On the other hand, institutions are porous. They cannot keep a secret, or not for very long. The story leaks out, a computer goes missing, or a data set is posted to a website. Sometimes this is maliciousness, but more often simple incompetence. We have always had malice and incompetence, but in the past there was not a camera sitting on every pole, and patient files were written on paper rather than in an easily exportable Excel file.
The story about the New Mexico state policeman has gotten more traction that the Stanford ER story, presumably because it involves a man in uniform and sex. Its titillation quotient was higher.
But the Stanford story was the more appalling one. Twenty thousand ER patients is a wide playing field for human frailty. How many drug overdoses, how many abused wives and children, how many cases of AIDS or syphilis? Would you hire a middle-aged man if you knew he had suffered a heart attack? Or a twenty-two-year old if she came in stinking drunk or suicidal? Would you trust Rupert Murdoch with this information?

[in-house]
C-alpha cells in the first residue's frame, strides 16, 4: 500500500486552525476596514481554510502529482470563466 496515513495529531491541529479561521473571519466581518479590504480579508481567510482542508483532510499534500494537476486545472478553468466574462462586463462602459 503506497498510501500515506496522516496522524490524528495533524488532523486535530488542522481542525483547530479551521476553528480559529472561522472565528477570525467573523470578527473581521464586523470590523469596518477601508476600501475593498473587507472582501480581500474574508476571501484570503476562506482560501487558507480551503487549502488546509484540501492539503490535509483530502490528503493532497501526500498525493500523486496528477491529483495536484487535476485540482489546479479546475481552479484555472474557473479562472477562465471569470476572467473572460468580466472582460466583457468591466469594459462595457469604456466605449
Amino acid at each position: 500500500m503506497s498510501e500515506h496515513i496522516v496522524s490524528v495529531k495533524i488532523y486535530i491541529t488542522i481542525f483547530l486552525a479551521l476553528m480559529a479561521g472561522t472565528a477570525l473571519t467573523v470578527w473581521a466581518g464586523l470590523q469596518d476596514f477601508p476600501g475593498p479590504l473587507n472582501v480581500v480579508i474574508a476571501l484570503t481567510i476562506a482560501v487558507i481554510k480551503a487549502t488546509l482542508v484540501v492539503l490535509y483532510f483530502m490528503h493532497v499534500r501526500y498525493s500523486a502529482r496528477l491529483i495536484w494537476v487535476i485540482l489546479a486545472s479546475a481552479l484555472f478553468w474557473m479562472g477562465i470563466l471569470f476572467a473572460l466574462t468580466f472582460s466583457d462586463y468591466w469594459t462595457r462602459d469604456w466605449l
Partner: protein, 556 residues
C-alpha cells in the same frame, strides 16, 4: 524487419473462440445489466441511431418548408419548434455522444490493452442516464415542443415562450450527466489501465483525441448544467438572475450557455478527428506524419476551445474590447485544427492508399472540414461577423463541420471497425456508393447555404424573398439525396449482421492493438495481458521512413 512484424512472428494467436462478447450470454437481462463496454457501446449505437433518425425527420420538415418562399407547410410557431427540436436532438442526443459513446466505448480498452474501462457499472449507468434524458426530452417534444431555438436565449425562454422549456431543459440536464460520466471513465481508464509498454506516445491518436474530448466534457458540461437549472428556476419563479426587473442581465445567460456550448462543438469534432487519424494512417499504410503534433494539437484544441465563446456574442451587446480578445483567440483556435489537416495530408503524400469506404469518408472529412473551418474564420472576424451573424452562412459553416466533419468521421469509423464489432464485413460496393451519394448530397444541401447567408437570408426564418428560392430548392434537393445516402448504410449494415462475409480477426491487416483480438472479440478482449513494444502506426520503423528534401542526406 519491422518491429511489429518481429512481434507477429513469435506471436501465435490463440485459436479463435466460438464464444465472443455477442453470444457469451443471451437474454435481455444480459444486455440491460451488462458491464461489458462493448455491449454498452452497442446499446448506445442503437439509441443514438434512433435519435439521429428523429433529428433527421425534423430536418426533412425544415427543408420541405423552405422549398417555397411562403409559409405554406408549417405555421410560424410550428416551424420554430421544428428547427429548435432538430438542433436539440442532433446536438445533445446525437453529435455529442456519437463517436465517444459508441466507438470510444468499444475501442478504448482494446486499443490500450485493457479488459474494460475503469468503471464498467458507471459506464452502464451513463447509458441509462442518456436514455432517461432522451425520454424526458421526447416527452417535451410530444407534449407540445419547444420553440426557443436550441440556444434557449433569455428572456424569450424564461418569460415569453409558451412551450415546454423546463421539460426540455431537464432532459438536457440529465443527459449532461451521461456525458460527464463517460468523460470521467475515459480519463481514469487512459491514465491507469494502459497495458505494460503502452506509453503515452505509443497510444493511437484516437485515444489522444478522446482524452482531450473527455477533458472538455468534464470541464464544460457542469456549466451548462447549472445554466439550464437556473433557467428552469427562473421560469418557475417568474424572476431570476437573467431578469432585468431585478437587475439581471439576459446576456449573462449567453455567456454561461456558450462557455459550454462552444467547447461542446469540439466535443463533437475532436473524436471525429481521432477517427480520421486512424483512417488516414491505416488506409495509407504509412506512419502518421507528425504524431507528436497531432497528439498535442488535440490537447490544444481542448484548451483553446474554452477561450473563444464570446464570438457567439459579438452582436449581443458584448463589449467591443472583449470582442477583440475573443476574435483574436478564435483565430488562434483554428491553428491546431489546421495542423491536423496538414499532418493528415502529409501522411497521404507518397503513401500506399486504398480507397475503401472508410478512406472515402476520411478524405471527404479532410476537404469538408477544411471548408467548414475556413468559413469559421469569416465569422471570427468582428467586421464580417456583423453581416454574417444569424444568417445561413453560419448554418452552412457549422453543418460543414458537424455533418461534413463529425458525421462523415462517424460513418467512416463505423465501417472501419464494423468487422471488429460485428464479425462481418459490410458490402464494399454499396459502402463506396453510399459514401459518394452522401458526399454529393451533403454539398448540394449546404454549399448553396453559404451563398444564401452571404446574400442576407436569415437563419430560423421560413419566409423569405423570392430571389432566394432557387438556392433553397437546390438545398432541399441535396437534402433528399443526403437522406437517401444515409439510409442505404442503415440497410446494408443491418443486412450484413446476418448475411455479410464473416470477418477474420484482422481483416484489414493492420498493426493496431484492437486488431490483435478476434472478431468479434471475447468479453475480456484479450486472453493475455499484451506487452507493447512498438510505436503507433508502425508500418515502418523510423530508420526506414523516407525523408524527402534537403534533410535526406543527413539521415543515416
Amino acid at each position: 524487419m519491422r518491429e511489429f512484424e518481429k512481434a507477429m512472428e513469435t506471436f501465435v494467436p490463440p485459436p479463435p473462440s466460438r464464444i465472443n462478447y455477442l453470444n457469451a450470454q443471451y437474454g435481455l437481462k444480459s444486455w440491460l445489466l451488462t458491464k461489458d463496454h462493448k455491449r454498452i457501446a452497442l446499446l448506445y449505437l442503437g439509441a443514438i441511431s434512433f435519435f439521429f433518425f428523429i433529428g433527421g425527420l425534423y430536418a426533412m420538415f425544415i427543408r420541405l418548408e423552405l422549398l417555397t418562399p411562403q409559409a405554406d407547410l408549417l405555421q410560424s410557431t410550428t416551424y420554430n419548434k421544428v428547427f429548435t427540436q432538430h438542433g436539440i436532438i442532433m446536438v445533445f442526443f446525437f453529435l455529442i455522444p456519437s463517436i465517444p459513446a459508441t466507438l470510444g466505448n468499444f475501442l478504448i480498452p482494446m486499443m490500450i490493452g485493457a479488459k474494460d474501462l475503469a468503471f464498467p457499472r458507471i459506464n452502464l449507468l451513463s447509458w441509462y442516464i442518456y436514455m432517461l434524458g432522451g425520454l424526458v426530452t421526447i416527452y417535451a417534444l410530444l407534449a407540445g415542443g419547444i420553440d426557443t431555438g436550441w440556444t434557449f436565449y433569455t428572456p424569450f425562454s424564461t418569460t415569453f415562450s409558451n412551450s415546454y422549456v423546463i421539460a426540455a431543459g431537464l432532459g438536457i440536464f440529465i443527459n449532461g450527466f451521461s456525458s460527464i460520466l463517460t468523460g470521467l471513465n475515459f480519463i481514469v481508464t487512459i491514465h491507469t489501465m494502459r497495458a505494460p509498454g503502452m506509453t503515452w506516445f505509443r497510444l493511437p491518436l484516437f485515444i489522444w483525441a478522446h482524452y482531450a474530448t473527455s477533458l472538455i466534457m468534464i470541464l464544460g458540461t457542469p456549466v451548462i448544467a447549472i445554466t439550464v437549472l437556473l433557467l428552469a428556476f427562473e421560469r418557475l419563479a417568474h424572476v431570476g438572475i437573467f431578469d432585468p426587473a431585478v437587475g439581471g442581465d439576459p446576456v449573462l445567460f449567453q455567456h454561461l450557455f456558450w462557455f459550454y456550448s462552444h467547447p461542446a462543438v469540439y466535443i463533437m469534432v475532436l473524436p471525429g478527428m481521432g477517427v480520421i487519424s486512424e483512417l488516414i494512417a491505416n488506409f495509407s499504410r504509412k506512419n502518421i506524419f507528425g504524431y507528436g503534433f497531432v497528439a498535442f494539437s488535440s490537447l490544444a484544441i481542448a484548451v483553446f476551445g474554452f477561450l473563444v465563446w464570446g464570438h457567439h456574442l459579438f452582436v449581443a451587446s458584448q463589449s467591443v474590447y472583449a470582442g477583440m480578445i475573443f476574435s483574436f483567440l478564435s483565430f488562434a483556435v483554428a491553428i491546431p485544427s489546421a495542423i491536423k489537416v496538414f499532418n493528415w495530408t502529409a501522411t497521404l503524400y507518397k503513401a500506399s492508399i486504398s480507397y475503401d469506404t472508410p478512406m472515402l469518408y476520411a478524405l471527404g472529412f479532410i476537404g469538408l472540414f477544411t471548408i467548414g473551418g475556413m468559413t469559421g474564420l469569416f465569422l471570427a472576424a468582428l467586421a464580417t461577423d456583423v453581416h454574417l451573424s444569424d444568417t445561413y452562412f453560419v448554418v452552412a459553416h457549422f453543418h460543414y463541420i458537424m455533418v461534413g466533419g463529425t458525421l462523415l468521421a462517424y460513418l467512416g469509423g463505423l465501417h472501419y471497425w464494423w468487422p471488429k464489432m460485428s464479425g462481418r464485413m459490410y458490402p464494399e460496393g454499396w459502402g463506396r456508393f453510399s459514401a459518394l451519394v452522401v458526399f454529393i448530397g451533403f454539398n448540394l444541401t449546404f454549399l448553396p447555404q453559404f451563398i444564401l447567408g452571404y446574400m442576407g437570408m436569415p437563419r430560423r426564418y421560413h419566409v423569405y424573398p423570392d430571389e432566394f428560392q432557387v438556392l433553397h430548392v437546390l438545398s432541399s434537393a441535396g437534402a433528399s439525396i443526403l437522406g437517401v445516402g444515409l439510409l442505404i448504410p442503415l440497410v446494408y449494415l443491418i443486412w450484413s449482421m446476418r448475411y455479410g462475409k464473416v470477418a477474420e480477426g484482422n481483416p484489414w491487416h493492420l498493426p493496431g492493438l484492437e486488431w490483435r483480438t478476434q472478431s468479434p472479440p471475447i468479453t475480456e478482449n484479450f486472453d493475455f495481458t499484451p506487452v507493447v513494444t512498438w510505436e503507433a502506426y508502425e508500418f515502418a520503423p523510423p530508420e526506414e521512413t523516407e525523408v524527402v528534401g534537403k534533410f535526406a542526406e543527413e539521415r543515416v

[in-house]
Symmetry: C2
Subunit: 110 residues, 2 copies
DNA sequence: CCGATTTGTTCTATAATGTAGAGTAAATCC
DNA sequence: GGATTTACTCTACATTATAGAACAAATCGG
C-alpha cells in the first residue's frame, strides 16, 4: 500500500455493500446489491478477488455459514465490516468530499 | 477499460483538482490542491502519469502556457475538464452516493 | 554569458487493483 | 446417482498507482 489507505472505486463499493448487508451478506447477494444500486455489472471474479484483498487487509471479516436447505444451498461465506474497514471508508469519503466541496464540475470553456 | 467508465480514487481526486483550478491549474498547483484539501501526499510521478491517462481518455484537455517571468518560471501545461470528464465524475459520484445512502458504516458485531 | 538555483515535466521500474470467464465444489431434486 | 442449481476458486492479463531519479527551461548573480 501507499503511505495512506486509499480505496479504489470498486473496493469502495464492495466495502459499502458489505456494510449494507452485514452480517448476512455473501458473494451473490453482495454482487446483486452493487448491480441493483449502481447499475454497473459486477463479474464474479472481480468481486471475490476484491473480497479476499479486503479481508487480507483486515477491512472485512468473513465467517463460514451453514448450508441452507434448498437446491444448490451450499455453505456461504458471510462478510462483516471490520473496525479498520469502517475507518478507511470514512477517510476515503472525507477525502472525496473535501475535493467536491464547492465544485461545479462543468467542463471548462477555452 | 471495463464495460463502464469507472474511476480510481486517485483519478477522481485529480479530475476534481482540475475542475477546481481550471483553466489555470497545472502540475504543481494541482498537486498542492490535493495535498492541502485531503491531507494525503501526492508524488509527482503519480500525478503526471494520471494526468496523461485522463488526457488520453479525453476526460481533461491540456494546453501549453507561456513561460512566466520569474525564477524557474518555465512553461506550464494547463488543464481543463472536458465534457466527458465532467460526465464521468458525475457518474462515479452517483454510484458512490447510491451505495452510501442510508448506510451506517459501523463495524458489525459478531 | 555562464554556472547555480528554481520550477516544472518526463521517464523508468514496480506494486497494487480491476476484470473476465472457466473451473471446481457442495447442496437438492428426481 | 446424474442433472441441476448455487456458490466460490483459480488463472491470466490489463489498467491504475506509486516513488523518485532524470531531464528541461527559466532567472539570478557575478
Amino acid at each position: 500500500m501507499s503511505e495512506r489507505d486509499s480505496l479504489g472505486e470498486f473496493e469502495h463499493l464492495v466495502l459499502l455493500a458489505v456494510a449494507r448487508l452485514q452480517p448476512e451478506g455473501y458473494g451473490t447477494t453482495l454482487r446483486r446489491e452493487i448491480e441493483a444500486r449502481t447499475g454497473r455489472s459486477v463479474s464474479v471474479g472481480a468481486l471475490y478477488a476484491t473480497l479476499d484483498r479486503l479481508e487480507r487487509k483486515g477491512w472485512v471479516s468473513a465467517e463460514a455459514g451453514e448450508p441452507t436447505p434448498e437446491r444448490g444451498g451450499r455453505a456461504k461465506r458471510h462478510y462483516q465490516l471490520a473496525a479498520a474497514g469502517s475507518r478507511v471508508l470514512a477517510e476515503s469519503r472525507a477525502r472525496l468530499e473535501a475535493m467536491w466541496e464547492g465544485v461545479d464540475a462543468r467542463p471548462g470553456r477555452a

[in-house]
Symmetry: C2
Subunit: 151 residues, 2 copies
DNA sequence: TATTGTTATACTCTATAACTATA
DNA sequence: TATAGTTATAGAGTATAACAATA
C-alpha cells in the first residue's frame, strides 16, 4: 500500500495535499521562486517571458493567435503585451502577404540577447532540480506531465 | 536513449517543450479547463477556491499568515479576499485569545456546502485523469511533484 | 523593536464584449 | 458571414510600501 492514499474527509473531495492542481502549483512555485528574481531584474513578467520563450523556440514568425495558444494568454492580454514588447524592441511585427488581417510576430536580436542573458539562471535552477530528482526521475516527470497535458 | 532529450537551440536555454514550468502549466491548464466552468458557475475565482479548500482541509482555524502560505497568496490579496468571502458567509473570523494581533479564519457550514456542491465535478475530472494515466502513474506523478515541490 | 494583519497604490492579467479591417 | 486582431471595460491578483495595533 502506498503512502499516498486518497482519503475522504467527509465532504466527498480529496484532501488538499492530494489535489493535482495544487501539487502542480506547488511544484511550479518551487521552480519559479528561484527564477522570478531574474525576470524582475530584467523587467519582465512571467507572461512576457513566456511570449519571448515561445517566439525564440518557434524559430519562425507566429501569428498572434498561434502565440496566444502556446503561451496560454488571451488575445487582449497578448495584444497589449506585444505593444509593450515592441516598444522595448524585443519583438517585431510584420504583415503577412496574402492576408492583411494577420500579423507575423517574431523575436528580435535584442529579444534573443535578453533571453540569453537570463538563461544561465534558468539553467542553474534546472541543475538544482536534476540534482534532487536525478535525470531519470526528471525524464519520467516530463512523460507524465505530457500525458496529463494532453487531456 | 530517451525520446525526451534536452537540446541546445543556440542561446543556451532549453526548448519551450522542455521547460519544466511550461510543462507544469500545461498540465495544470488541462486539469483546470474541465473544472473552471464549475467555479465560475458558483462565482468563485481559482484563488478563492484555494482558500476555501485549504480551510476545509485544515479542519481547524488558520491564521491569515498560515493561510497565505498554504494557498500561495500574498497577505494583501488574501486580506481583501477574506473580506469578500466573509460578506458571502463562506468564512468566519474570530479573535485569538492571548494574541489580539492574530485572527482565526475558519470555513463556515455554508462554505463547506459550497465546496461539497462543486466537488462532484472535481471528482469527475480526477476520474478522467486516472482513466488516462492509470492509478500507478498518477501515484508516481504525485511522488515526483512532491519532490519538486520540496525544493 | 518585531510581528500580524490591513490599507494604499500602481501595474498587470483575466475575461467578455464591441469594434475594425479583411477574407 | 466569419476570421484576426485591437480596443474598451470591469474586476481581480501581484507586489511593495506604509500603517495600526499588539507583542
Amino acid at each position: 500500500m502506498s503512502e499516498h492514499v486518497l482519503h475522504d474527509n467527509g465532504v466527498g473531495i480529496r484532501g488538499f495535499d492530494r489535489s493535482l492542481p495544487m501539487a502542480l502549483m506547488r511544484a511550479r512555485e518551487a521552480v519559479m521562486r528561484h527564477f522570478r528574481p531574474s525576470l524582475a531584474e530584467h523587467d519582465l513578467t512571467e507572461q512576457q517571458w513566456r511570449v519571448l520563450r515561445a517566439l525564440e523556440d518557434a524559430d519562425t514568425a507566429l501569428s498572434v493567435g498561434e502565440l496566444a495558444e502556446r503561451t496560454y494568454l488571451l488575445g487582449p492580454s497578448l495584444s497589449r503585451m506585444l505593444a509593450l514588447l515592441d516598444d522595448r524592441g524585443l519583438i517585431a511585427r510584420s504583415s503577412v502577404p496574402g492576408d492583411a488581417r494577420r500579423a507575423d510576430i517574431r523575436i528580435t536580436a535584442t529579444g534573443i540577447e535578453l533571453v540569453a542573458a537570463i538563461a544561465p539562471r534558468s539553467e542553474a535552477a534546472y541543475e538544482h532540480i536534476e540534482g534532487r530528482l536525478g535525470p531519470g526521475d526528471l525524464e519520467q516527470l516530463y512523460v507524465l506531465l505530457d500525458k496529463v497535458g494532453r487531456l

The Chronicle story mentions that there have been more than 100 such incidents this year alone in the United States, and the Stanford case isn’t even the largest one. That honor goes to HealthNet, Inc., which reported a security breach involving nearly 2 million members.
Which naturally brings us to HIPAA, the Health Insurance Portability and Accountability Act, now 15 years old. The act was designed (among other purposes) to protect patient privacy, and to that end provided rules for administrative, technical, and physical safeguards of patient data. Despite millions of man-hours of employee education seminars at hospitals nationwide, it has manifestly failed in its primary purpose: HHS has reported a total of 30,000 separate security breaches involving over 8 million records to Congress (as required by the new HITECH law).